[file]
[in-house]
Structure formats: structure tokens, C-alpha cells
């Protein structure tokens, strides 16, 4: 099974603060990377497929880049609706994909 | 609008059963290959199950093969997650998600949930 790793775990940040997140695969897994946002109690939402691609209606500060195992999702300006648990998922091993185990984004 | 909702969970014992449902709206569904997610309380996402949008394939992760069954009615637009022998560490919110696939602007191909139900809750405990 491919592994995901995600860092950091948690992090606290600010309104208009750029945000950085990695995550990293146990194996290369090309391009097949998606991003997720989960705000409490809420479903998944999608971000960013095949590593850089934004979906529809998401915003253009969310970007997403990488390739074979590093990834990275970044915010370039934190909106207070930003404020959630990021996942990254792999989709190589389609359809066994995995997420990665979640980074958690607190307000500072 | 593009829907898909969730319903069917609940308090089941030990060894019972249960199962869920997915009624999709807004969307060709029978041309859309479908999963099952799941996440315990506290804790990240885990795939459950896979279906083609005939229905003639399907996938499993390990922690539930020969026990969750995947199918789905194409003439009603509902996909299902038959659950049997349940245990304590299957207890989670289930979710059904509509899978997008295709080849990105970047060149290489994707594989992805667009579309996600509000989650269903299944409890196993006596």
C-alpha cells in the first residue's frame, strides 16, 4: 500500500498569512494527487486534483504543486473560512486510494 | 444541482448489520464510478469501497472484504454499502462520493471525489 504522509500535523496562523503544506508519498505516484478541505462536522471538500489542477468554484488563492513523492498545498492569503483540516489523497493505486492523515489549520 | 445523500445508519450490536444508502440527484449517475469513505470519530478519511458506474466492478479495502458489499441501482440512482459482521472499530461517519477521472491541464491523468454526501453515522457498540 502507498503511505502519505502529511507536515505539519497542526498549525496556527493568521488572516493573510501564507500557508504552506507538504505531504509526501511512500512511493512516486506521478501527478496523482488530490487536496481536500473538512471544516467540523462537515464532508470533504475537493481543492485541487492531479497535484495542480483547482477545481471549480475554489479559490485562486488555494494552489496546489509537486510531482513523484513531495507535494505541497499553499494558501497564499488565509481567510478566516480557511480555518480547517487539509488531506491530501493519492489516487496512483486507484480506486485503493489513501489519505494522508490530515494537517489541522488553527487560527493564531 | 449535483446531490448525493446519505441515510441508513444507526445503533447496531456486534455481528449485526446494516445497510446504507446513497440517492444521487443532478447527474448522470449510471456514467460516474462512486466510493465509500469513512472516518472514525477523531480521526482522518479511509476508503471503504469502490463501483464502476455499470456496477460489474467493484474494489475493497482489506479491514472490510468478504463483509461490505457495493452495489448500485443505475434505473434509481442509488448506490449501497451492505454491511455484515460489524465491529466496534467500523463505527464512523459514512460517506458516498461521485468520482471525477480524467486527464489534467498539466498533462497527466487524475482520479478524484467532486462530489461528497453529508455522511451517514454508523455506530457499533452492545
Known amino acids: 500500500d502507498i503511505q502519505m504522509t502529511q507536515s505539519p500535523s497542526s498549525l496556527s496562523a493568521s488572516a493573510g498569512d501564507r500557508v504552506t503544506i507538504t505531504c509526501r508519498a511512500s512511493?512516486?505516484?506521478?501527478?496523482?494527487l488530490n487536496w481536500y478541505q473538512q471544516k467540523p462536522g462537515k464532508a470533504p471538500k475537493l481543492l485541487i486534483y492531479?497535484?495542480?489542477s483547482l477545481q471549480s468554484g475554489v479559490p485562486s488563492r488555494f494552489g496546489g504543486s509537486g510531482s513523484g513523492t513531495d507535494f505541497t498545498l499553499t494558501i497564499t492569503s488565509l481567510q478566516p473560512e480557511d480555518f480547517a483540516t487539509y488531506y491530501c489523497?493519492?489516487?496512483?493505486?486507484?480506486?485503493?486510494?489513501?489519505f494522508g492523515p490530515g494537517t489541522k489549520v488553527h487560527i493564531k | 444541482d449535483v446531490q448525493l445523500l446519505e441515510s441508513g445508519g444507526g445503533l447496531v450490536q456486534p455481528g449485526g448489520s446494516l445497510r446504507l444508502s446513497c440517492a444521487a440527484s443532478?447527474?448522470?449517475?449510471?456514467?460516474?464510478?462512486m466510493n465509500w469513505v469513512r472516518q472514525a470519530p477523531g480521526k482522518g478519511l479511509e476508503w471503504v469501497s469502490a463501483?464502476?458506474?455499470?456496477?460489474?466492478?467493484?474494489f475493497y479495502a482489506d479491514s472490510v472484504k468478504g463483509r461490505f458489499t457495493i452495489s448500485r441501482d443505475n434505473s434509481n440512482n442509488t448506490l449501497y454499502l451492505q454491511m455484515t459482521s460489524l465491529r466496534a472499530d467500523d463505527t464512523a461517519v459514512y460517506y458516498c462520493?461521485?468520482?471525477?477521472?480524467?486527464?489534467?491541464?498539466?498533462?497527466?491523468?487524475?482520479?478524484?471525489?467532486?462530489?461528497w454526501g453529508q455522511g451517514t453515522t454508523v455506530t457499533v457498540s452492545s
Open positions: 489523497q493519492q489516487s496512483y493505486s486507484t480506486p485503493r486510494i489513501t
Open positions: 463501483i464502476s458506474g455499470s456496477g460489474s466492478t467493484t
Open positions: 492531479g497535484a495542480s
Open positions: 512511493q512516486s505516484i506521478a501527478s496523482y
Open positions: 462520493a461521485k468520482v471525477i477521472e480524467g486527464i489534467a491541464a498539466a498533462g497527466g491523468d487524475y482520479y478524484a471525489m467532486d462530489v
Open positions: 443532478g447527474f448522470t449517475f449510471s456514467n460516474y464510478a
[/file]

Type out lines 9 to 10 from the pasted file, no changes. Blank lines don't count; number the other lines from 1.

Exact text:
Open positions: 512511493q512516486s505516484i506521478a501527478s496523482y
Open positions: 462520493a461521485k468520482v471525477i477521472e480524467g486527464i489534467a491541464a498539466a498533462g497527466g491523468d487524475y482520479y478524484a471525489m467532486d462530489v